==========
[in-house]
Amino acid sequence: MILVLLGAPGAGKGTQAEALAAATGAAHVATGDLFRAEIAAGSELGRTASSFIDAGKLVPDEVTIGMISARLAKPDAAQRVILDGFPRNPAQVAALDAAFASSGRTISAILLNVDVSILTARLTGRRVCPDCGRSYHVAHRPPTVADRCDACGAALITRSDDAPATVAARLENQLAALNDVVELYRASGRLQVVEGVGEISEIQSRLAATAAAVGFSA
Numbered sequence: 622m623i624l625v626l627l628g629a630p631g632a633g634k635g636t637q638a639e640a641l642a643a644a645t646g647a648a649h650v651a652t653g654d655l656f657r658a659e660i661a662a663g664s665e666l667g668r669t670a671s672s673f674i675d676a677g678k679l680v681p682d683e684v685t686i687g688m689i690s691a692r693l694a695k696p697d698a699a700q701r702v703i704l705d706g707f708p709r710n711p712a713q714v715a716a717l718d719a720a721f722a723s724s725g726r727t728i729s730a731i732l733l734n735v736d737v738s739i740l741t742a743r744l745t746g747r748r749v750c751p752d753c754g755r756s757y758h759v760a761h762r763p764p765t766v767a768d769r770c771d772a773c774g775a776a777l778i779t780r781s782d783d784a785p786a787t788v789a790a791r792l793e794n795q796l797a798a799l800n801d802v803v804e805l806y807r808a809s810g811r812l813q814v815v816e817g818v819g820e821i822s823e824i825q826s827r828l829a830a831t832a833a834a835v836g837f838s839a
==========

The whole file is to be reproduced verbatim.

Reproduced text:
[in-house]
Amino acid sequence: MILVLLGAPGAGKGTQAEALAAATGAAHVATGDLFRAEIAAGSELGRTASSFIDAGKLVPDEVTIGMISARLAKPDAAQRVILDGFPRNPAQVAALDAAFASSGRTISAILLNVDVSILTARLTGRRVCPDCGRSYHVAHRPPTVADRCDACGAALITRSDDAPATVAARLENQLAALNDVVELYRASGRLQVVEGVGEISEIQSRLAATAAAVGFSA
Numbered sequence: 622m623i624l625v626l627l628g629a630p631g632a633g634k635g636t637q638a639e640a641l642a643a644a645t646g647a648a649h650v651a652t653g654d655l656f657r658a659e660i661a662a663g664s665e666l667g668r669t670a671s672s673f674i675d676a677g678k679l680v681p682d683e684v685t686i687g688m689i690s691a692r693l694a695k696p697d698a699a700q701r702v703i704l705d706g707f708p709r710n711p712a713q714v715a716a717l718d719a720a721f722a723s724s725g726r727t728i729s730a731i732l733l734n735v736d737v738s739i740l741t742a743r744l745t746g747r748r749v750c751p752d753c754g755r756s757y758h759v760a761h762r763p764p765t766v767a768d769r770c771d772a773c774g775a776a777l778i779t780r781s782d783d784a785p786a787t788v789a790a791r792l793e794n795q796l797a798a799l800n801d802v803v804e805l806y807r808a809s810g811r812l813q814v815v816e817g818v819g820e821i822s823e824i825q826s827r828l829a830a831t832a833a834a835v836g837f838s839a